With Easter just behind us, eggs (usually the chocolate variety) are surely on most people's minds. So are things that hatch out of eggs, such as chickens. Eggs are a pretty fascinating biological structure if you think about it long enough - they're basically a mini life support system. Eggs have a long fossil record as well; they're known from many dinosaurs for example, as well as other animals that lay hard-shelled eggs. But what about temnospondyl eggs? Well unfortunately, temnospondyl eggs were almost certainly like the eggs of other "lower vertebrates" (fish + amphibians), which today, fall into the category of "soft tissues," which is to say that they don't have any mineralized components like in bones, teeth, or eggshells. Instead, they look more or less like gelatinous blobs with the developing embryo inside. Because most fossilization occurs through permineralization where the original minerals formed by the animal while it was alive are replaced by other minerals that follow the original structure, the absence of mineralized tissues in structures such as hair, feathers, skin, and in this case, some eggs, makes them unlikely to preserve.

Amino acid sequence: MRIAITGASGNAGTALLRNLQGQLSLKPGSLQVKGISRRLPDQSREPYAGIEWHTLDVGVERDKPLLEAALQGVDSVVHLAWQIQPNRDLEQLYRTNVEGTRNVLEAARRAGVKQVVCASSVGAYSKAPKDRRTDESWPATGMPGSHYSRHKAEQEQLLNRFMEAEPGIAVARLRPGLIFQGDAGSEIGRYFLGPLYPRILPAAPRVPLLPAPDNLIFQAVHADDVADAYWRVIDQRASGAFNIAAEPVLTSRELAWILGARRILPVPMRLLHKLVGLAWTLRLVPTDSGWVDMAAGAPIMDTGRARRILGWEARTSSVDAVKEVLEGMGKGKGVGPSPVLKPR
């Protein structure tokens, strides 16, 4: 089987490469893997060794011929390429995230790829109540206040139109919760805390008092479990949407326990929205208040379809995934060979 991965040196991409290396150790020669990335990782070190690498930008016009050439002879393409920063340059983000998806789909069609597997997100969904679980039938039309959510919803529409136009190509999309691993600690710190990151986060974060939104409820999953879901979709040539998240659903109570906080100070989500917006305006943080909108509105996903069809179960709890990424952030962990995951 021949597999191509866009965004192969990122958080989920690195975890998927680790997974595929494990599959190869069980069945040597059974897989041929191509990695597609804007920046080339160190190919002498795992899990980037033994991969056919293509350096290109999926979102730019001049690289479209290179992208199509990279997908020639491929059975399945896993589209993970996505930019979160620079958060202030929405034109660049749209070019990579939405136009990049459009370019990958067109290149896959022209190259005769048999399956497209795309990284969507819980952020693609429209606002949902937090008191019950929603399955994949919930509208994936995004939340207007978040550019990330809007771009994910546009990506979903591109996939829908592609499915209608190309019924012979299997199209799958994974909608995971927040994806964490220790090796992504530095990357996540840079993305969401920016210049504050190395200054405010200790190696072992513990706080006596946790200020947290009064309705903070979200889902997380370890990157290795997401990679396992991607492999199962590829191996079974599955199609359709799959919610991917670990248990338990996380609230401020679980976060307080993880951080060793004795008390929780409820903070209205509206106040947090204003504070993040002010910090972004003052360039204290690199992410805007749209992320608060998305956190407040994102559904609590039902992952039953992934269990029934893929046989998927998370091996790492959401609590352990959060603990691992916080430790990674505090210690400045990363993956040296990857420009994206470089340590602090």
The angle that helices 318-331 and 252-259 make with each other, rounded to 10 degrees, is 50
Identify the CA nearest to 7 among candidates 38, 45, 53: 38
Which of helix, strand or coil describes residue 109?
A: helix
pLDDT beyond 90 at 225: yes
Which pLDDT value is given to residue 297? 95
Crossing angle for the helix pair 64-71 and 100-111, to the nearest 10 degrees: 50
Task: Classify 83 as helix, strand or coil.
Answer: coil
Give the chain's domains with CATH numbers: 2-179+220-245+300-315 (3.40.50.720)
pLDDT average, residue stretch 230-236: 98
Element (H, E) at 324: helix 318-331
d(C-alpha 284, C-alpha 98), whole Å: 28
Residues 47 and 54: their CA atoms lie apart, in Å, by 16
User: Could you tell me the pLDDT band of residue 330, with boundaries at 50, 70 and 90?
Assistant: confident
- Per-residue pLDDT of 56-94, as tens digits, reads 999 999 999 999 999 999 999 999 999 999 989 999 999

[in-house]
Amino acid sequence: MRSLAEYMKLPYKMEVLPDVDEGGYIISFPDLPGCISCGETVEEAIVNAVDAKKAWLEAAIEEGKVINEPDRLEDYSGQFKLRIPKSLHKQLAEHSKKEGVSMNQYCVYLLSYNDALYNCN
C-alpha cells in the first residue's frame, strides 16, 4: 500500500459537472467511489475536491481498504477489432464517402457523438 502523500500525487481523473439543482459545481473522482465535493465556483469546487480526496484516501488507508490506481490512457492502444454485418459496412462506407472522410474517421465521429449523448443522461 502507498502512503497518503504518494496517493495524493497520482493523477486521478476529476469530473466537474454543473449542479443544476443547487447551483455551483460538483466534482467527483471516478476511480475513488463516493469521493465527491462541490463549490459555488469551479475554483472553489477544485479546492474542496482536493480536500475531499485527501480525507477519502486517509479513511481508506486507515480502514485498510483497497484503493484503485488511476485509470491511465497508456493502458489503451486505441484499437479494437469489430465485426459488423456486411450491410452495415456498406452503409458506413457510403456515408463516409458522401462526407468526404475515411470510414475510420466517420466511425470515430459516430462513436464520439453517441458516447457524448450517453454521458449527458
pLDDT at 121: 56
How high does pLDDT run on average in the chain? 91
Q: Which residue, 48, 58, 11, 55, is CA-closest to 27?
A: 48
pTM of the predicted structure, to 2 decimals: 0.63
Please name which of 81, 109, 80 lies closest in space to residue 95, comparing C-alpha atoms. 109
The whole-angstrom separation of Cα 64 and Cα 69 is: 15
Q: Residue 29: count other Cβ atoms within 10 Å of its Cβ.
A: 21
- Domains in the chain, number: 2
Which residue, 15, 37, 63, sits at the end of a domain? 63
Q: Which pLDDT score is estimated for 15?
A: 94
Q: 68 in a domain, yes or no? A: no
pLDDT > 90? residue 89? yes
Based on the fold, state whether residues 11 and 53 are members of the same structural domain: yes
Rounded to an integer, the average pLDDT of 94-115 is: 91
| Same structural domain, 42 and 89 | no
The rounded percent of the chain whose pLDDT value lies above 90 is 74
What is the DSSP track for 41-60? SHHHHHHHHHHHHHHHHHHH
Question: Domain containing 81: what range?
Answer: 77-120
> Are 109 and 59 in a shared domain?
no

Had to skip last week because of a hectic last week of classes schedule, but I'm back this week with a blog post that's near and dear to my heart and that's been on my mind a lot between doing some collections work with Aaron Kufner (PhD student at the University of Wisconsin-Madison) a few weeks back and going out to Madison this week to give a talk on the subject matter at their student symposium. It's almost the two-year anniversary of my first paper too! For a lot of folks, you already know what I'm going to talk about, but for the uninitiated, I'll be talking about my favourite temnospondyls this week - metoposaurids - more specifically all the problems with a particular taxon, Apachesaurus. I've published several papers on this taxon and probably seem like I have a vendetta against it at this point... Because I didn't even have a website when most of these papers were published, let alone blog, this is also a great chance to read up on some of my existing publications outside of my dissertation work!
About the blog
A blog on all things temnospondyl written by someone who spends too much time thinking about them. Covers all aspects of temnospondyl paleobiology and ongoing research (not just mine).